Three Things Not to be Forgotten about the GDPR’s “Right to be Forgotten”

Our experience in advising clients about GDPR and assisting them in the compliance process is that there are often misconceptions about the so-called “right to be forgotten”. The purpose of this post is to address some of these misconceptions.

  • The “right to be forgotten” was not created by the GDPR

The GDPR replaced the EU’s 1995 Directive which provided in Article 12(b) that “Member States must guarantee every data subject the right to obtain from the controller: (…),… More

Hacker Fails to Establish “Necessity” of DDOS Attack on Hospital

In a recent decision from the District of Massachusetts, the alleged perpetrator of cyber-attacks against Wayside Youth and Family Support Network and Boston Children’s Hospital (“BCH”) failed in his attempt to assert a novel defense:  necessity.  In what most would view as a positive development, the court found that the defendant and alleged hacker did not “offer[] competent evidence that it was objectively reasonable to anticipate a causal relationship between the alleged cyber attack and the purported harm to be averted.”… More

Escalation of Cybersecurity Threats to National Power System Prompts FERC to Call for Stricter Reporting Standards

On July 19, the Federal Energy Regulatory Commission (“FERC” or “Commission”), pursuant to its authority under section 215 of the Federal Power Act, issued a final rule directing the North American Electric Reliability Corporation (“NERC”) to develop modifications to NERC’s Reliability Standards as they relate to cyber security incidents. Issuance of the final rule is timely. A recent news article described hackers’ successful infiltration of the control rooms of multiple electric utilities.… More

Partner Colin Zick to Speak at MassBio Forum on the Era of GDPR Data Privacy

Partner Colin Zick will join Naomi Leach, Senior Associate, Data Protection at Stephenson Harwood, and Lana Gladstein, Vice President and General Counsel at Brammer Bio, for a MassBio program on July 31 entitled The Era of GDPR Data Privacy, Two Months In: Do you have a Data Transfer Agreement handy?

Details

The GDPR Data Privacy Law has been in effect since May 25,… More

California Passes New Data Privacy Law With National Implications

The California Consumer Privacy Act of 2018 (the “CCPA”) was signed into law on June 28, 2018. Although it is a state law, it has national and international ramifications. Here are some key aspects to be aware of.

1. Effective date

The law is slated to go into effect on January 1, 2020. However, the California State Legislature has the option of offering amendments to alter the law between now and its effective date,… More

Regulators Step Up Scrutiny of Cryptocurrency Advertising as Industry Stance Softens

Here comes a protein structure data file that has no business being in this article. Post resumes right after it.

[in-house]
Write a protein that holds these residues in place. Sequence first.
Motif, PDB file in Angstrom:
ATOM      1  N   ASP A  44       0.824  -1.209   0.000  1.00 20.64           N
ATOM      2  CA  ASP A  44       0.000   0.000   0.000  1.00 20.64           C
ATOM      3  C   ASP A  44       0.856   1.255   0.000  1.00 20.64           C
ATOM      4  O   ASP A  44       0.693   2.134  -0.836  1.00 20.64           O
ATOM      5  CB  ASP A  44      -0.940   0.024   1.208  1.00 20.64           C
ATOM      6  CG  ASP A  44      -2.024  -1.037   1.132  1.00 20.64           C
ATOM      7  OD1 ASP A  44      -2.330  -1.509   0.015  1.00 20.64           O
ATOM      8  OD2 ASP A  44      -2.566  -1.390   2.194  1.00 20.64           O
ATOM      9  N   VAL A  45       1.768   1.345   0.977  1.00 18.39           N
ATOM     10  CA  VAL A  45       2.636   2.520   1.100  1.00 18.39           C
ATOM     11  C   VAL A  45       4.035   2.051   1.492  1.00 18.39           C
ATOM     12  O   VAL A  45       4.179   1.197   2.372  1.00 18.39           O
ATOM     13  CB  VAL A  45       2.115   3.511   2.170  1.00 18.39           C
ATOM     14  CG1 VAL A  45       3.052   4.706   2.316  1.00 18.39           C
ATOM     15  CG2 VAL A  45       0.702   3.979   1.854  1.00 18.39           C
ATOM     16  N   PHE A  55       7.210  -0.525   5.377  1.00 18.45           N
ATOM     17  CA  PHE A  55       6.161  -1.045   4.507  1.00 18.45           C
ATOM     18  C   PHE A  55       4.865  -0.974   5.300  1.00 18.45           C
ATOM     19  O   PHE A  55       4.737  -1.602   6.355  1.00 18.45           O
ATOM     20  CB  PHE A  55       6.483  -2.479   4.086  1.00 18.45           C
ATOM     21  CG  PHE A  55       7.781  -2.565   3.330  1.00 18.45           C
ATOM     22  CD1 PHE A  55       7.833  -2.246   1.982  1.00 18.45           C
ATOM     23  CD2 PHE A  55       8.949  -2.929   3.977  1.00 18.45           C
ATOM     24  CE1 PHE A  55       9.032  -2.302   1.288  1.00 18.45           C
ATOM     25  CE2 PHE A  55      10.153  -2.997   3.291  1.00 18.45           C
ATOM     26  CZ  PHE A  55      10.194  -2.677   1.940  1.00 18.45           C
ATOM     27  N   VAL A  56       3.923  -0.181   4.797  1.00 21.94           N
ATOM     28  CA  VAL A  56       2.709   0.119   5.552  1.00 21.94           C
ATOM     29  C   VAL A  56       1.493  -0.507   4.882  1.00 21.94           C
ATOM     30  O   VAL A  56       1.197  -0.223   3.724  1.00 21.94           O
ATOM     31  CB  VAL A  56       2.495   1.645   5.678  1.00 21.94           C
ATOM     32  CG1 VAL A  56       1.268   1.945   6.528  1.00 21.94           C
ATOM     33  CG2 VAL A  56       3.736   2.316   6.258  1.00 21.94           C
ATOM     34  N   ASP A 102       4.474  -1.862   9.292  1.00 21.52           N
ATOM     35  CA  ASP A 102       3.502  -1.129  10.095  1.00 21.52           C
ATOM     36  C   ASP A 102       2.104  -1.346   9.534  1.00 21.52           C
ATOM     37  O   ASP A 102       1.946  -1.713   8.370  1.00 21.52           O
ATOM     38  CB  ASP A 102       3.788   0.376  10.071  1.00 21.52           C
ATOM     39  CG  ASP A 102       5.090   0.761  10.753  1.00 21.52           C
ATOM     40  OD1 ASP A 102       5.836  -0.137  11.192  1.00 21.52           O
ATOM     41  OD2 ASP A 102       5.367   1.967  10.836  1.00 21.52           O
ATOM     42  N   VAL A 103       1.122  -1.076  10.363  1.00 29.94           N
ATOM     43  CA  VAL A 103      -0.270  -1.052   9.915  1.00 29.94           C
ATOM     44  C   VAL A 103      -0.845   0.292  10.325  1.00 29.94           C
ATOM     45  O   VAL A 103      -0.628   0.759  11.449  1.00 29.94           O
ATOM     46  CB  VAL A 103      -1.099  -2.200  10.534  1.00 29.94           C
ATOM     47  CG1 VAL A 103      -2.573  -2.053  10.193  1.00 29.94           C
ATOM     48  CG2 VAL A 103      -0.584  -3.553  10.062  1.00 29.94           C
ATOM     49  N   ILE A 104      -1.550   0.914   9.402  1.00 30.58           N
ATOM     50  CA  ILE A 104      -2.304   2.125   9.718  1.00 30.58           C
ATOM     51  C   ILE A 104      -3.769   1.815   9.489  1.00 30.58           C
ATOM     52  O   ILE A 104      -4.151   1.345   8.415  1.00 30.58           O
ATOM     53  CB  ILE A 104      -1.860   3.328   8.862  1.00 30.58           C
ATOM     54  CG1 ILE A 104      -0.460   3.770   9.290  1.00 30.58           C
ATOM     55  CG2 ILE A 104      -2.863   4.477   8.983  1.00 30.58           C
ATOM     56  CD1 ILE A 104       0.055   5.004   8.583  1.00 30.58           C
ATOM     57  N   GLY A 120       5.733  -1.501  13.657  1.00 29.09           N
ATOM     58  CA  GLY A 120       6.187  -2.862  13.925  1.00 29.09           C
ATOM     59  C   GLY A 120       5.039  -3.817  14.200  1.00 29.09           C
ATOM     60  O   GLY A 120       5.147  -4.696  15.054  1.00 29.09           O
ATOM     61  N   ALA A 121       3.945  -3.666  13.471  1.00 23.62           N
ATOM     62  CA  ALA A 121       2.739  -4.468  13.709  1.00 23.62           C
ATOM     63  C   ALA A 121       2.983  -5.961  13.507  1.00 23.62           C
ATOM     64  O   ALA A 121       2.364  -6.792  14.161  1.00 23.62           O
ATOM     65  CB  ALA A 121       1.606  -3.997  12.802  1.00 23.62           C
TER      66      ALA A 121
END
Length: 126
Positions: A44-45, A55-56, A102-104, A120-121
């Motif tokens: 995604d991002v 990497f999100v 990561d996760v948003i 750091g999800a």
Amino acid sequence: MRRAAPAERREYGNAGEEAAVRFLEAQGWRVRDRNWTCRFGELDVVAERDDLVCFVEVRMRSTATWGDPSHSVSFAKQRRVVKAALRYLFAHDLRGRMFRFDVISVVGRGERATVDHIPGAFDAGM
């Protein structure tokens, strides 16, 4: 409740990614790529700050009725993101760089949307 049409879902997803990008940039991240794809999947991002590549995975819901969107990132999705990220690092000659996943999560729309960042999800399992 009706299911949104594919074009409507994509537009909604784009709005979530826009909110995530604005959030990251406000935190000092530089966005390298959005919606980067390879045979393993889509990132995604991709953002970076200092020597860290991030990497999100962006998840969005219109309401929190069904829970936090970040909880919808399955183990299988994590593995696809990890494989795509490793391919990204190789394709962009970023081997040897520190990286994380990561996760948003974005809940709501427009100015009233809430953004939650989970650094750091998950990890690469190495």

We posted earlier this year about increased scrutiny of cryptocurrency advertising, especially the promotion of Initial Coin Offerings, or ICOs.  The key takeaway from that post was that the frenzy around cryptocurrencies – including as an investment opportunity for individuals who aren’t otherwise active investors – has led to a number of efforts to curtail cryptocurrency promotion, from both regulators and industry stakeholders.… More

FTC Seeks to Hold Companies to GDPR/Privacy Shield Promises

As if having to deal with all the EU’s Data Protection Authorities wasn’t challenge enough for companies trying to comply with GDPR, the FTC has now asserted that it has a role in GDPR enforcement.  In particular, the FTC says it has a role in making sure that US companies live up to the GDPR-related promises that they make.  This position came to fruition in a proposed FTC settlement with California-based employment training company,… More

Whither the Privacy Shield?

The EU-US Privacy Shield, a framework that allows companies to transfer personal data from the EU to the US in compliance with the GDPR, has been under fire for not providing adequate protection to EU citizens.  As Foley noted in 2017, the EU’s Article 29 Working Party (now the European Data Protection Board) identified “a number of significant concerns” with the Privacy Shield in the Working Party’s First Annual Joint Review,… More

First Europe, Now the States: Big Changes Coming to State Data Privacy Laws

With legislative activity last month in Louisiana, South Carolina, Vermont, and Colorado adding to activity in South Dakota, Arizona, Oregon, and Alabama earlier in the year, it appears that 2018 could be a significant year for state information privacy law reform. Much has been predicted in this area following the enactment in 2017 of significant regulations in New York and the passage of substantial amendments to a statute in Illinois both of which were aimed at protecting against data breaches.… More